How to Pick Your Ring Bearer
Little kids dressed in their absolute best attire are adorable. Having them walking down the aisle with your rings are even cuter.
If you have several kids to choose from, how do you know who to chose to be your ring bearer? If you have more than one child that is in the running to be the ring bearer, how do you let the other kids, or more specifically their parents, know that they’re not the ones you want?
Thankfully, there are a few guidelines to help you choose.
What Age Should a Ring Bearer Be?
Ring bearers are usually between the ages of three and seven years old. If the kids are on the younger side, they may also want their parents to stay close by, so keep the parents seated near the front to help the ring bearer stay on track.
Young children can also sometimes be shy and nervous because even if they don’t understand what is happening, they can still pick up on the idea that a wedding is a big deal. If you have a choice, you’d be better off choosing the child that is less likely to be shy to help make sure that things go smoothly.
The ring bearer also needs to be able to follow basic directions. He’ll need to know when to go or understand when he is told to follow the maid of honor before the flower girl goes, too. Your ring bearer will also need to realize that the best man or maid of honor may very well grab the rings to hold on to them until they’re required for the ceremony.
How Should You Decide Who to Choose?
The answer to this question depends on who you have available. If you have children, then naturally, the honor should go to your own kids.
If you don’t have children but have a few nephews to choose from, you have some options. Of course, you can always choose one over the rest, but did you ever consider choosing two to act as ring bearers?
You can have an older child that is closer to seven years old pull younger children in a wagon down the aisle. They’ll look adorable rolling down to the front, and you’ll create some memorable moments for your photographer to capture.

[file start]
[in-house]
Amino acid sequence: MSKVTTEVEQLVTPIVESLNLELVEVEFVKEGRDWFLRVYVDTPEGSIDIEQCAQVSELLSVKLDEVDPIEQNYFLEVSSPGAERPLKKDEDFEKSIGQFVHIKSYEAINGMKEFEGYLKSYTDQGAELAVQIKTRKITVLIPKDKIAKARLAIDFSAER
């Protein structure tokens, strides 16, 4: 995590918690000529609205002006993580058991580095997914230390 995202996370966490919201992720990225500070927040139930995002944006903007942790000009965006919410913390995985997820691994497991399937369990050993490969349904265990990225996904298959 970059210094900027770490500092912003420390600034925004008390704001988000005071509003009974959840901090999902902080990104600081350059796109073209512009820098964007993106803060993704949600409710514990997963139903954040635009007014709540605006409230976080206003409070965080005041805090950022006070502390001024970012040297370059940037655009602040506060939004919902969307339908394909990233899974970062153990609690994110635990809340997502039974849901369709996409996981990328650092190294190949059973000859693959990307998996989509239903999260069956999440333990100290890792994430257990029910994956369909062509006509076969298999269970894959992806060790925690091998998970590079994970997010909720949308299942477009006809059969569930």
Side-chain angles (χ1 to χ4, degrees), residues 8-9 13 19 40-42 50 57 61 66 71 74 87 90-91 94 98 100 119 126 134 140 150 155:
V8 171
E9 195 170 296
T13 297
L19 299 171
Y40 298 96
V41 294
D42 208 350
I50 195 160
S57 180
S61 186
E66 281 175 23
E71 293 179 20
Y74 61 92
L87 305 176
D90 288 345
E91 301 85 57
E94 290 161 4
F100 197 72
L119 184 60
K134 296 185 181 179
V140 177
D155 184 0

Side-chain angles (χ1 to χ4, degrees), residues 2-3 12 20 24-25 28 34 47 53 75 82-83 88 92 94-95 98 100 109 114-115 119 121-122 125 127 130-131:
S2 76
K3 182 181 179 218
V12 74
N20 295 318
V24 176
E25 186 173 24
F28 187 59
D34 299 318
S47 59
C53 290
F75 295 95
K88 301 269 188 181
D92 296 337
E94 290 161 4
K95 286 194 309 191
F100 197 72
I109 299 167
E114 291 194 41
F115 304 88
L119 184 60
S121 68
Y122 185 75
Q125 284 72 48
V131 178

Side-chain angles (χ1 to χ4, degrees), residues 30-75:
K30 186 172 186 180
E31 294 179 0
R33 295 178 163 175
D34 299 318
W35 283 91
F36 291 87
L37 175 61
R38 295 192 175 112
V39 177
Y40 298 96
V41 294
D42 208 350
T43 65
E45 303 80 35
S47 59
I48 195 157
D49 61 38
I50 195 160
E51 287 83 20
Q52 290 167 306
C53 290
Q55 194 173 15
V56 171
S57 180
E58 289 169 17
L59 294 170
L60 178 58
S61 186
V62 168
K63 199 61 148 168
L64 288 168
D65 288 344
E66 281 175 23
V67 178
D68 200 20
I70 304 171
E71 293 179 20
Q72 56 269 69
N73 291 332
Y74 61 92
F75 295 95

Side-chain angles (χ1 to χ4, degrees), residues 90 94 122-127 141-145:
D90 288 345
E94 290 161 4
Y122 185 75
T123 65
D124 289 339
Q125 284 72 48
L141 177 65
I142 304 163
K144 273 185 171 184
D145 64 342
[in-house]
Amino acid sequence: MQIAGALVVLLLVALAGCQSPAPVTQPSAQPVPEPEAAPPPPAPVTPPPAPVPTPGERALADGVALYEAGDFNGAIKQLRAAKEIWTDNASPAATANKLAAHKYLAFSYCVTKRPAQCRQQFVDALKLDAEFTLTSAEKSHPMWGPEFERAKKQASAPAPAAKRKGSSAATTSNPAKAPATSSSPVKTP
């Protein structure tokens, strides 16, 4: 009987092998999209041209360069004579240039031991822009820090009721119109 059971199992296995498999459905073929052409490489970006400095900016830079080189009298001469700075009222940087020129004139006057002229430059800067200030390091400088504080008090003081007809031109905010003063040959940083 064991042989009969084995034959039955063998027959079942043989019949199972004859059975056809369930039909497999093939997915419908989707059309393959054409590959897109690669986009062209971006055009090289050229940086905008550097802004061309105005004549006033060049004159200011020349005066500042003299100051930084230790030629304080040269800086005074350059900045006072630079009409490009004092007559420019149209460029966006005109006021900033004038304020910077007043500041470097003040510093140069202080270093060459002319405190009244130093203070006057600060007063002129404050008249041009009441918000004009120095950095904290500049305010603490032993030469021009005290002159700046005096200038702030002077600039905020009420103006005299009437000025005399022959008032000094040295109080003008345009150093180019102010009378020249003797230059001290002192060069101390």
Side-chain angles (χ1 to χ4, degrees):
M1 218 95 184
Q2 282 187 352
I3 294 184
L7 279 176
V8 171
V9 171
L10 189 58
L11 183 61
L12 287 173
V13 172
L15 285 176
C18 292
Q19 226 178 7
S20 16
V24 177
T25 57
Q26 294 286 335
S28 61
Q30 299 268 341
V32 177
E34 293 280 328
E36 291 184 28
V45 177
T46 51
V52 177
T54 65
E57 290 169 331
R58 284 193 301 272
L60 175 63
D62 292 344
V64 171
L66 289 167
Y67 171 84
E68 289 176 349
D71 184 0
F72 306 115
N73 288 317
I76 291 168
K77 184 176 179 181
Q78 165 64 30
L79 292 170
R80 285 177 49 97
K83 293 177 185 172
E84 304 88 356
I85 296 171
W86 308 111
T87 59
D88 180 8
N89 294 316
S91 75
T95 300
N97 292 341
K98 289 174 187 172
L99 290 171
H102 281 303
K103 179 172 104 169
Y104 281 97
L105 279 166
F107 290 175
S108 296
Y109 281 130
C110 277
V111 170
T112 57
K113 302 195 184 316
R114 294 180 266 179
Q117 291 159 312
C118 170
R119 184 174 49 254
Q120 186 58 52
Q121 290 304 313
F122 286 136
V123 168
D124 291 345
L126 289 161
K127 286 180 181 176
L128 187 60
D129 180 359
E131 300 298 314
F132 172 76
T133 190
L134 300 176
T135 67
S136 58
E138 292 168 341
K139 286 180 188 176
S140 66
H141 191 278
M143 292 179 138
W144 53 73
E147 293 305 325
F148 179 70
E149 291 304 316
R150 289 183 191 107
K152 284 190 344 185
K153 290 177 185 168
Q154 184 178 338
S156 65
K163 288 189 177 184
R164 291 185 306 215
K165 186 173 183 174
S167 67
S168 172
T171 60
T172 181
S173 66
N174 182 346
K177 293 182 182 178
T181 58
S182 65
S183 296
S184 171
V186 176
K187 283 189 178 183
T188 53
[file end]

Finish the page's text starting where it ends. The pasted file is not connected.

You’ll also want to consider the kids’ personalities. If little Johnny is going to be so shy that he’s going to hide under the pews or refuses to leave his parents’ side, then you’re probably going to want to pick someone else.
On the other hand, if little Timmy is full of personality and loves to flash a smile at everyone, he will be a better pick to be your ring bearer.
If any of the children you’re considering adding to your wedding have been in multiple weddings, maybe consider choosing a child that hasn’t had the opportunity to walk down the aisle just yet.
You should also think about who is going to pay for what. Are you going to pay for the tux or suit rental for your ring bearer or will the parents be paying? Are you going to provide the pillow as well?
If you’re expecting the parent to pay for the tux rental, make sure that they’re comfortable paying for it. They may have a financial situation that you don’t know about, so don’t assume anything and clear everything with the parents, so you’re all on the same page.
How Do You Ask the Ring Bearer to Be Part of the Ceremony?
The most obvious answer is to ask the parents for their permission to have their child participate as the wedding bearer. Once you have parent permission, if the child is old enough to appreciate the request, you can send them a little card asking if the child wants to participate.
You can make a thing out of it and add some stickers or some candy if the parents are okay with that. From there you can begin to work with the little one to practice what they will have to do.